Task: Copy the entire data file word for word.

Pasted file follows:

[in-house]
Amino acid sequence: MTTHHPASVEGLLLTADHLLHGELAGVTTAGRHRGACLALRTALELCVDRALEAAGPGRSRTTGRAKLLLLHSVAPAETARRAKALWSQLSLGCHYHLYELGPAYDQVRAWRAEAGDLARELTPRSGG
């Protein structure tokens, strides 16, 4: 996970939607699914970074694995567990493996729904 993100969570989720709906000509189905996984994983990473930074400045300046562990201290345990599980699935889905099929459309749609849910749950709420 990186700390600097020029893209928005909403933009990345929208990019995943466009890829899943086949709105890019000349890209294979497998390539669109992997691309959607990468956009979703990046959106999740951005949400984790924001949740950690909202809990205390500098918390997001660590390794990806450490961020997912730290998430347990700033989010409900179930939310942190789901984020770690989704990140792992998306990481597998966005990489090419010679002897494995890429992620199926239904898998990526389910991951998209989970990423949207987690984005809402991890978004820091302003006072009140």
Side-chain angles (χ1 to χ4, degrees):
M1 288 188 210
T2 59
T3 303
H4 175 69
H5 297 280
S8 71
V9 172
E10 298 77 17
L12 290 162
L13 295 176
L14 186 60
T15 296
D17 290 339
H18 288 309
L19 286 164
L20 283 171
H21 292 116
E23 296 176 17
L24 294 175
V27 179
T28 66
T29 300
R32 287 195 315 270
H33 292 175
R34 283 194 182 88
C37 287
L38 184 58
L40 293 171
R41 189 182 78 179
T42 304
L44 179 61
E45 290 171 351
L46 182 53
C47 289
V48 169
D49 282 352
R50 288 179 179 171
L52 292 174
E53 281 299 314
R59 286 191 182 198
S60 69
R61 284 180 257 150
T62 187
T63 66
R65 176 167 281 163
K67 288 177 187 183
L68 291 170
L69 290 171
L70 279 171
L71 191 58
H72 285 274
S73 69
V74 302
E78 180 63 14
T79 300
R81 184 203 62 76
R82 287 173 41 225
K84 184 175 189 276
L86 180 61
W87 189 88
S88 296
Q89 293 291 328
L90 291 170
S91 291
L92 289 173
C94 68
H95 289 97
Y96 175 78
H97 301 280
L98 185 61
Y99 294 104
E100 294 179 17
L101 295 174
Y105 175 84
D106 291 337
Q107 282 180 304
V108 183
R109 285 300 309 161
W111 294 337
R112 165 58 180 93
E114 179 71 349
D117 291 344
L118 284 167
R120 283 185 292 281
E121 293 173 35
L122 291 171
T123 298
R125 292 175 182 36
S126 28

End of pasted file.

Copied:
[in-house]
Amino acid sequence: MTTHHPASVEGLLLTADHLLHGELAGVTTAGRHRGACLALRTALELCVDRALEAAGPGRSRTTGRAKLLLLHSVAPAETARRAKALWSQLSLGCHYHLYELGPAYDQVRAWRAEAGDLARELTPRSGG
């Protein structure tokens, strides 16, 4: 996970939607699914970074694995567990493996729904 993100969570989720709906000509189905996984994983990473930074400045300046562990201290345990599980699935889905099929459309749609849910749950709420 990186700390600097020029893209928005909403933009990345929208990019995943466009890829899943086949709105890019000349890209294979497998390539669109992997691309959607990468956009979703990046959106999740951005949400984790924001949740950690909202809990205390500098918390997001660590390794990806450490961020997912730290998430347990700033989010409900179930939310942190789901984020770690989704990140792992998306990481597998966005990489090419010679002897494995890429992620199926239904898998990526389910991951998209989970990423949207987690984005809402991890978004820091302003006072009140």
Side-chain angles (χ1 to χ4, degrees):
M1 288 188 210
T2 59
T3 303
H4 175 69
H5 297 280
S8 71
V9 172
E10 298 77 17
L12 290 162
L13 295 176
L14 186 60
T15 296
D17 290 339
H18 288 309
L19 286 164
L20 283 171
H21 292 116
E23 296 176 17
L24 294 175
V27 179
T28 66
T29 300
R32 287 195 315 270
H33 292 175
R34 283 194 182 88
C37 287
L38 184 58
L40 293 171
R41 189 182 78 179
T42 304
L44 179 61
E45 290 171 351
L46 182 53
C47 289
V48 169
D49 282 352
R50 288 179 179 171
L52 292 174
E53 281 299 314
R59 286 191 182 198
S60 69
R61 284 180 257 150
T62 187
T63 66
R65 176 167 281 163
K67 288 177 187 183
L68 291 170
L69 290 171
L70 279 171
L71 191 58
H72 285 274
S73 69
V74 302
E78 180 63 14
T79 300
R81 184 203 62 76
R82 287 173 41 225
K84 184 175 189 276
L86 180 61
W87 189 88
S88 296
Q89 293 291 328
L90 291 170
S91 291
L92 289 173
C94 68
H95 289 97
Y96 175 78
H97 301 280
L98 185 61
Y99 294 104
E100 294 179 17
L101 295 174
Y105 175 84
D106 291 337
Q107 282 180 304
V108 183
R109 285 300 309 161
W111 294 337
R112 165 58 180 93
E114 179 71 349
D117 291 344
L118 284 167
R120 283 185 292 281
E121 293 173 35
L122 291 171
T123 298
R125 292 175 182 36
S126 28